Mayor Jose “Joey” Torres received more than $4,000 in longevity pay during the first six months of his nonconsecutive third term in office, according to municipal records.
Torres collected $4,152 in longevity pay from July 1st through December 5th, 2014, according to payroll records obtained through an Open Public Records Act request.
The mayor received approximately $415 in longevity pay in addition to his regular salary every pay period for the first six months of his third term as mayor. Those payments were received as a result of a payroll error, explained business administrator Nellie Pou on Monday afternoon.
“There was a payroll error. When they realized there was an error the amount of money was deducted from the mayor’s paycheck. It was fully paid back,” said Pou. She said the error was committed prior to the arrival of the city’s new personnel director.
Torres, who referred requests for explanation about the longevity pay to the business administrator and personnel director, began paying back that money in January of 2015. Torres returned $3,944 through longevity adjustments in his regular paycheck, according to city records.
The mayor paid back $208 per pay period from January 1st through December 18th, 2015, evince payroll records. He did not pay the funds back every pay period. For example, the first return payment occurred on January 16th, 2015. The second payroll deduction did not occur until months later on April 10th, 2015.
Personnel director Abby Levenson said those inconsistent deductions likely resulted from city employees getting used to the new payroll system which was rolled out for the first time in January.
“I’m absolutely sure the girls didn’t know how to setup a code to run biweekly,” said Levenson. She said the Edmunds payroll system has various options. For example, an option can be set to run only once, biweekly, or never. It’s likely the employees, just learning to use the new system, set the option to deduct only one time.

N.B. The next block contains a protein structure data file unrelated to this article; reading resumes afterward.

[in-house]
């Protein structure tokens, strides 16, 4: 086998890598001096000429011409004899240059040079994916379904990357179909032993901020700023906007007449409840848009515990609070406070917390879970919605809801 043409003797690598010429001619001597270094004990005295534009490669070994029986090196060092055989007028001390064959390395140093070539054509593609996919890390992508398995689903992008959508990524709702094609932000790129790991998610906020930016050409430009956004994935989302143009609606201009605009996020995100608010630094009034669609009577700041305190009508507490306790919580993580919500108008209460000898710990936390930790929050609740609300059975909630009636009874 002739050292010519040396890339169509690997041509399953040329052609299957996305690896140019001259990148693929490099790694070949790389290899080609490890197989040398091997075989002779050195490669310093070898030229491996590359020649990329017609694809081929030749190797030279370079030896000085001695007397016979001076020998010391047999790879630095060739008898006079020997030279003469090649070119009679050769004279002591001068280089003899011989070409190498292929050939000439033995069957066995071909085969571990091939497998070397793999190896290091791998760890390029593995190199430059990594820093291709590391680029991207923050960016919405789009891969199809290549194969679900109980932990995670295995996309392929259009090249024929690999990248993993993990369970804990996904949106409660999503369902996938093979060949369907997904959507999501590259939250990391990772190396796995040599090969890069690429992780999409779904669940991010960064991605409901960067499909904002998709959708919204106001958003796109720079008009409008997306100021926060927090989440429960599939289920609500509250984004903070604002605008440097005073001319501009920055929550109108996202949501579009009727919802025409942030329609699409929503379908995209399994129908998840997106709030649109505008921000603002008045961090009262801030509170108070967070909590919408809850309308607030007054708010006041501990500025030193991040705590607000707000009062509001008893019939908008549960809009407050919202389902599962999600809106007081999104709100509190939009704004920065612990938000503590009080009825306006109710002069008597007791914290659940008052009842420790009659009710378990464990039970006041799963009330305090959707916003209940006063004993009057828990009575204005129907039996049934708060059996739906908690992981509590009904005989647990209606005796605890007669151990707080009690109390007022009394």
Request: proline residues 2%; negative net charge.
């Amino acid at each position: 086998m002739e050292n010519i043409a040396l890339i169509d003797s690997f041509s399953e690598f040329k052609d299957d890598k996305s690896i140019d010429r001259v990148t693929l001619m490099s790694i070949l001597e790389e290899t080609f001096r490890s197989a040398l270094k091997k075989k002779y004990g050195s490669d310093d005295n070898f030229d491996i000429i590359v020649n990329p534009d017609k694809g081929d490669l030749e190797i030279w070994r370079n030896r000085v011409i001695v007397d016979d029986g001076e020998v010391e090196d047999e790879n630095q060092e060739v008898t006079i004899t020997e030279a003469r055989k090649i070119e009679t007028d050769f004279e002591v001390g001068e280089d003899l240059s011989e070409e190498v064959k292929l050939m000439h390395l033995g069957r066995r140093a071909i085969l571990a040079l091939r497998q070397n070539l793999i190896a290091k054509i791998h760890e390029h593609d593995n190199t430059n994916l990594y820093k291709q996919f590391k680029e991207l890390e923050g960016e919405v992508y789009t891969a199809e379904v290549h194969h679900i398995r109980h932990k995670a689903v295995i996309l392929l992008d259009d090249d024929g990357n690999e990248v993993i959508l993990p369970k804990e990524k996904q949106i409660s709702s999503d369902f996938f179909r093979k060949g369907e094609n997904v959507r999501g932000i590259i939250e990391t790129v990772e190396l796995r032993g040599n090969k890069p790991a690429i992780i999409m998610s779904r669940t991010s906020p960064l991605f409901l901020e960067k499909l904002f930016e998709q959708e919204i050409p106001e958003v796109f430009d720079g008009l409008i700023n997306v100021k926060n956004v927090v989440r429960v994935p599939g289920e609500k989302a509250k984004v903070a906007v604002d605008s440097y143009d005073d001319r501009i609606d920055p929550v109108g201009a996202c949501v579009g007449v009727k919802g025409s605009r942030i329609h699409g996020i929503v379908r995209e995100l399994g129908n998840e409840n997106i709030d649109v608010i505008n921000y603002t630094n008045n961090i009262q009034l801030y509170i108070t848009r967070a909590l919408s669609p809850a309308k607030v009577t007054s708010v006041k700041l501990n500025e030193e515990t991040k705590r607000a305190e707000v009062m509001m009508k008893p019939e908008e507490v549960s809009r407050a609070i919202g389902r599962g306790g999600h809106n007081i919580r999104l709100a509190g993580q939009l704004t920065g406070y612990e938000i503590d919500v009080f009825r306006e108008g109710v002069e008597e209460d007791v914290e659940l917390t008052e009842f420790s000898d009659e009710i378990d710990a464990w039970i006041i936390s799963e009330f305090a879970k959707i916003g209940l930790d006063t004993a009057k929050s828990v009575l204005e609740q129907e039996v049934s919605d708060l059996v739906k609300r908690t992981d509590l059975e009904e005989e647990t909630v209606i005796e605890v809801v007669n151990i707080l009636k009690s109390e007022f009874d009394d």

The business administrator said the mayor did not stop making payments in February and March, but that payroll was not deducting them. “He has no control of that; payroll makes those adjustments,” said Pou.
Council president William McKoy said he was not aware of the mayor having received longevity pay.
“He may have gotten an opinion those payments may be considered improper and then decided to reimburse the city which is the right thing to do,” said Kenneth Morris, councilman at-large, chairman of the finance committee.
Both McKoy and Morris said the state has made it clear in the past that elected officials are not entitled to longevity pay. The city imposed a freeze on longevity pay for elected officials and non-unionized employees at the behest of the state in 2014.
As a result, Torres, who took office after the freeze was imposed, is not entitled to longevity pay. Council members McKoy, Morris, and Andre Sayegh receive longevity stipends from prior to the freeze, according to city officials.
McKoy receives $844 per year while Sayegh and Morris get $824 each.
“Paterson is a poor city. We can’t afford anybody helping him or herself to money they are not entitled to. Ultimately, it’s the citizens who suffer,” said Sayegh, 6th Ward councilman. “This unfortunately is becoming a pattern.”
Sayegh made references to previous payments Torres collected from the city. When told in this instance the mayor voluntarily returned the money, Sayegh said: “In addition to paying this back, he should pay back the $74,000.”
Torres previously received a $3,169 check in 2008 by cashing in vacation days. He returned $2,238 of that check in March 2014. He also took out a severance check of $74,000 as he was leaving office in 2010.
The Passaic County Prosecutor’s Office cleared the mayor of any wrongdoing in the $74,000 severance payment in October of 2014.
The city provided 22 pages of payroll documents that show Torres took $4,152 in longevity pay. He returned $3,944 through payroll deductions, according to those documents. This means, the mayor may still owes taxpayers $208.
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This report was updated on August 10th, 2016 at 10:30 a.m.